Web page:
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Wall Street doesn’t seem to like Peppa Pig

Wall Street doesn’t seem to like Peppa Pig
[Photo: Theo Wargo/Getty Images for Good+Foundation]

It’s been a long, weird week for Hasbro. Not only did the company behind Furby, My Little Pony, and the Power Rangers face a backlash over its tone-deaf Monopoly Socialism edition, but it also announced it was getting rid of excess plastic packaging (but not plastic toys). And now this: Hasbro is buying Peppa Pig.

The U.S. toymaker announced that it has reached an agreement to buy Entertainment One, the parent company of Peppa Pig, for $4 billion. As CNN notes, Hasbro has been trying to recover from the loss of Toys R Us, the toy store that peddled its products to kids for years, and a fresh injection of kid-friendly brand equity just might help. Peppa Pig is a wildly popular little preschool program, which has been translated into more than 40 languages and broadcast in over 180 territories. It is particularly popular in China, where the little pig has developed a reputation as a gangster after it was first exported in the early 2000s.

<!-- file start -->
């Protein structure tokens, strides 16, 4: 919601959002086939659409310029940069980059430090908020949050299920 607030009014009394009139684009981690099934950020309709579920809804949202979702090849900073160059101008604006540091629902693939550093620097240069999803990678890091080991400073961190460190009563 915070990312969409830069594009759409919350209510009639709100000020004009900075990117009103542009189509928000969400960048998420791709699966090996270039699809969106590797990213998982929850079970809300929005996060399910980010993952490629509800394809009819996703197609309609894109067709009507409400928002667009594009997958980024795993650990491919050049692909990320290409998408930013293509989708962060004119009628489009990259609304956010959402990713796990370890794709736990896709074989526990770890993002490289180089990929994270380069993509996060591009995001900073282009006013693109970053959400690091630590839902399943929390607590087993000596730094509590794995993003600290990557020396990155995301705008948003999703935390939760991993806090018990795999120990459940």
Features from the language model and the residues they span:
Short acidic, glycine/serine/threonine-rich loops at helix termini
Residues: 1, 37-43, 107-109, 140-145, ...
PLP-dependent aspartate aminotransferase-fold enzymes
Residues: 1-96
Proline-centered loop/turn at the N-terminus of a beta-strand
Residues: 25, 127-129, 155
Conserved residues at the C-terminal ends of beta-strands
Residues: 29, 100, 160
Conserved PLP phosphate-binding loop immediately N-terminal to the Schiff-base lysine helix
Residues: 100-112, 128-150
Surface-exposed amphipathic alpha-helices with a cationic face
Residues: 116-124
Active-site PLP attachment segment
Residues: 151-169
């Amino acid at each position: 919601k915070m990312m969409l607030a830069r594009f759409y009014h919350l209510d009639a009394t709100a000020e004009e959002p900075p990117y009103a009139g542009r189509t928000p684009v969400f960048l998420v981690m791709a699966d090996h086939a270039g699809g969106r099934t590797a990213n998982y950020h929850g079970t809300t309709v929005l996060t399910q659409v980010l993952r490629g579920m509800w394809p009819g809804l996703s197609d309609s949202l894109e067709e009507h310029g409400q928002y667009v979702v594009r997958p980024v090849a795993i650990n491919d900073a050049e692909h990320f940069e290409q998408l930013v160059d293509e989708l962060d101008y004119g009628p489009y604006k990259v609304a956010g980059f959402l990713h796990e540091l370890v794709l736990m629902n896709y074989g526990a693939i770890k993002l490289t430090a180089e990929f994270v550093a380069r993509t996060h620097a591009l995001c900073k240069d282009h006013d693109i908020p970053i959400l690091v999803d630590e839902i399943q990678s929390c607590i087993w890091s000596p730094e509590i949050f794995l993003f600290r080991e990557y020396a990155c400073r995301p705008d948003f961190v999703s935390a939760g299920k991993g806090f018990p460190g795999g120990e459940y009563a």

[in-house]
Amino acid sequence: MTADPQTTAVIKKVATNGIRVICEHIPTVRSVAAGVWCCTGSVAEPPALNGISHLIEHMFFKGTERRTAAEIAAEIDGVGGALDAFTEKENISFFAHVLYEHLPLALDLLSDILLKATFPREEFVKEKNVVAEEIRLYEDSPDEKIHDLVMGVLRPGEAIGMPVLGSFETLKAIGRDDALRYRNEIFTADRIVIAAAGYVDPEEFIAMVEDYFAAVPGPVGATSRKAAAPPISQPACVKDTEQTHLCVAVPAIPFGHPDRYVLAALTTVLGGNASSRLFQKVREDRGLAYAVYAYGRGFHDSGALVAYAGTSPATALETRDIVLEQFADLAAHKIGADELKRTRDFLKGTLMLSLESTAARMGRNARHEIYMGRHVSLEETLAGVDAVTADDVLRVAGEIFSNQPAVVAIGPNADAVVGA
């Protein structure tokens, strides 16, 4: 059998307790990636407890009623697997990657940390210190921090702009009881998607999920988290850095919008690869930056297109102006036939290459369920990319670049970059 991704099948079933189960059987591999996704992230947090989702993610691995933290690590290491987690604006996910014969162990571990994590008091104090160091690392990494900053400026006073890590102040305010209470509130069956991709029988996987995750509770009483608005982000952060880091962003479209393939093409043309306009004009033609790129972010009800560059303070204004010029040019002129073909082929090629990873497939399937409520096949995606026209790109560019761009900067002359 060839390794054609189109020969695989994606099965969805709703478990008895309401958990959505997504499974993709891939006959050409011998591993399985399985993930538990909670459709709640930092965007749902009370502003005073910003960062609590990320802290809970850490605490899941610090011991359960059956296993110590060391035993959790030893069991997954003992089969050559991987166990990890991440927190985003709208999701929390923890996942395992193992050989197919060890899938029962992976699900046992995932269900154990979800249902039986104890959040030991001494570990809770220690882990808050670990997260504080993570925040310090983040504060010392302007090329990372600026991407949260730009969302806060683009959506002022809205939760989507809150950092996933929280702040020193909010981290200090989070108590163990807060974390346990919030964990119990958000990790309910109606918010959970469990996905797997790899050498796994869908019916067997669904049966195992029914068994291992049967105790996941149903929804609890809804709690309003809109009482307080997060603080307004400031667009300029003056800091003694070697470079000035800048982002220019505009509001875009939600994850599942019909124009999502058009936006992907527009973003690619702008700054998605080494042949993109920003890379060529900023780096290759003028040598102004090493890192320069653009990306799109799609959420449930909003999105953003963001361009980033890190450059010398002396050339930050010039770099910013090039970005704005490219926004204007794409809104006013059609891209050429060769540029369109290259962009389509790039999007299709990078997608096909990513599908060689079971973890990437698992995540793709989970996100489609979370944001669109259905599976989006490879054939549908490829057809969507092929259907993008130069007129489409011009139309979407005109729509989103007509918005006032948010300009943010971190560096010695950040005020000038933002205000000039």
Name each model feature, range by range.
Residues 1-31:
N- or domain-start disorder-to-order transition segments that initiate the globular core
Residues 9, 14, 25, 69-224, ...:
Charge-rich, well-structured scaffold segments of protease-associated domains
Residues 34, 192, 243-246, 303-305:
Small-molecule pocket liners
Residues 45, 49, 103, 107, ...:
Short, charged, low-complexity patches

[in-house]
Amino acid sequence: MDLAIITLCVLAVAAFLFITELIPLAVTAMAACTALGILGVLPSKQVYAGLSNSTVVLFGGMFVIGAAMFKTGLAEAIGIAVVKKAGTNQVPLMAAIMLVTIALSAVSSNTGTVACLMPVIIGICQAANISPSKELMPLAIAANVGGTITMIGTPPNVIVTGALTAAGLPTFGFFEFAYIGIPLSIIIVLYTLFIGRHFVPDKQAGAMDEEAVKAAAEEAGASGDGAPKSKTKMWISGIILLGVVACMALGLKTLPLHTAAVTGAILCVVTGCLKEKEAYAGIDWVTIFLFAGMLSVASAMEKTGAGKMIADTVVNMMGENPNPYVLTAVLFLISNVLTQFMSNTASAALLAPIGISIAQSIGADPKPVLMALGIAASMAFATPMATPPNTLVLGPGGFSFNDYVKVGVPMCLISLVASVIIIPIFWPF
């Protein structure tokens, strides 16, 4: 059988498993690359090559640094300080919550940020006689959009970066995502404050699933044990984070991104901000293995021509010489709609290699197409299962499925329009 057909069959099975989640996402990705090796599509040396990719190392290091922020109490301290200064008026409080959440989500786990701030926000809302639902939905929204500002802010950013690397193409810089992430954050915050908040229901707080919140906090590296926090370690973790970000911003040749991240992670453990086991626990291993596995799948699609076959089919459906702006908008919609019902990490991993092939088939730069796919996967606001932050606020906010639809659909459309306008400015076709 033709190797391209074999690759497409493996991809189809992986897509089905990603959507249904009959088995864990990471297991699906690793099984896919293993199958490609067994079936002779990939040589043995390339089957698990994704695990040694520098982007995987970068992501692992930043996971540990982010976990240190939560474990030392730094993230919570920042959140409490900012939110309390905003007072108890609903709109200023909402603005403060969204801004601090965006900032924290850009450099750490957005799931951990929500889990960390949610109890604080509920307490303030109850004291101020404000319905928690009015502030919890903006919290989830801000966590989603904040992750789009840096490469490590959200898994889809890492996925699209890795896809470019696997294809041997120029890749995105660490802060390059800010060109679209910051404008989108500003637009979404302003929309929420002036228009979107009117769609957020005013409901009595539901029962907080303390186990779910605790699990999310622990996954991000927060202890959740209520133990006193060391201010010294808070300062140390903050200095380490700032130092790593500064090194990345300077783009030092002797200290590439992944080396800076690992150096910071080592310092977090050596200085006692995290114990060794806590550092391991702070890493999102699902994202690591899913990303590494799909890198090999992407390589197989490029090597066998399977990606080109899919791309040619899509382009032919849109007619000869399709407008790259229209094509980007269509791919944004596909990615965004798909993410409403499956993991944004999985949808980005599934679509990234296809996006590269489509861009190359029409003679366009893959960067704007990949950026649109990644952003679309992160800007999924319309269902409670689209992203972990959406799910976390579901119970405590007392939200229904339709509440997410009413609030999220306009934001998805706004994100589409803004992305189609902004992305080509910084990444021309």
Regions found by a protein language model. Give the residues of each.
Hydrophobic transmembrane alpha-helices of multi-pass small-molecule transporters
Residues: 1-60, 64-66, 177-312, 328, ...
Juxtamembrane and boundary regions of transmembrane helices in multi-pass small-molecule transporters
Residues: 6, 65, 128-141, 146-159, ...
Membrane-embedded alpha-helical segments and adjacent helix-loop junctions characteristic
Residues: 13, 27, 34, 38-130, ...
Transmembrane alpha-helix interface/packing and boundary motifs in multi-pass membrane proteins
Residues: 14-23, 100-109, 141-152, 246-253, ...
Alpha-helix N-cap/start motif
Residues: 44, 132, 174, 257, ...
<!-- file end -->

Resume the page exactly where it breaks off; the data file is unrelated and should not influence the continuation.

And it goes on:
Without the world’s largest toy store to sell its toys, the world’s largest toymaker (by market capitalization) has been forced to look for new and different ways to get kids interested in its many, many brands. If Socialism Monopoly doesn’t do the trick, perhaps the new line of Peppa Pig toys will, and if not that, perhaps Hasbro’s upcoming Netflix series based on the “Magic: The Gathering” trading card game will win the kids over.

While the kids might be excited about more Peppa, Wall Street seems to hate the idea. Hasbro’s stock dropped more than 7% on the news. What does Wall Street have against a seven-foot-tall anthropomorphic British petty pig who rakes in more than $1 billion annually and counts Iggy Azalea among her enemies, anyway?

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